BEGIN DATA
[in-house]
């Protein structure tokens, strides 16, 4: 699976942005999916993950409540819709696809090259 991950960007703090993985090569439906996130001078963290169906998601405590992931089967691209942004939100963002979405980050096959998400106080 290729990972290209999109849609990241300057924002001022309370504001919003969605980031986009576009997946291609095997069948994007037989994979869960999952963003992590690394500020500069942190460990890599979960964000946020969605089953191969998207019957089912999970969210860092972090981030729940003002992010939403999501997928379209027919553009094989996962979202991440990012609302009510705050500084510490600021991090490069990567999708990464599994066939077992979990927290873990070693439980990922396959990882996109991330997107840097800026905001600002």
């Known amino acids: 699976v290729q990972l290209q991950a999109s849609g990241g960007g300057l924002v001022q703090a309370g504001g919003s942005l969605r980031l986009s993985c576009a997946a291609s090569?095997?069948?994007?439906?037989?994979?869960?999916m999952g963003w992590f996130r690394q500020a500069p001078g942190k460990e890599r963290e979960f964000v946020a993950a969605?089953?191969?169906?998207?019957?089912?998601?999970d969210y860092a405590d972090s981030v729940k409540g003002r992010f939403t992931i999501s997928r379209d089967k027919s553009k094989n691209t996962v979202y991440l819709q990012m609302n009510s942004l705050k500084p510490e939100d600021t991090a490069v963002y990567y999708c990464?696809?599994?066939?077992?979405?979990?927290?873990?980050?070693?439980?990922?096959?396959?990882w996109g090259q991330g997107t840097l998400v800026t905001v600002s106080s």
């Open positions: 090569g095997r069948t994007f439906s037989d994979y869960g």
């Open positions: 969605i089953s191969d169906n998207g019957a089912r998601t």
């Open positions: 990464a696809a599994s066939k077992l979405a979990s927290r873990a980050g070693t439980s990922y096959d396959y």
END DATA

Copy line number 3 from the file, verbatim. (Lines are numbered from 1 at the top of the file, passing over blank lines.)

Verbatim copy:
């Known amino acids: 699976v290729q990972l290209q991950a999109s849609g990241g960007g300057l924002v001022q703090a309370g504001g919003s942005l969605r980031l986009s993985c576009a997946a291609s090569?095997?069948?994007?439906?037989?994979?869960?999916m999952g963003w992590f996130r690394q500020a500069p001078g942190k460990e890599r963290e979960f964000v946020a993950a969605?089953?191969?169906?998207?019957?089912?998601?999970d969210y860092a405590d972090s981030v729940k409540g003002r992010f939403t992931i999501s997928r379209d089967k027919s553009k094989n691209t996962v979202y991440l819709q990012m609302n009510s942004l705050k500084p510490e939100d600021t991090a490069v963002y990567y999708c990464?696809?599994?066939?077992?979405?979990?927290?873990?980050?070693?439980?990922?096959?396959?990882w996109g090259q991330g997107t840097l998400v800026t905001v600002s106080s």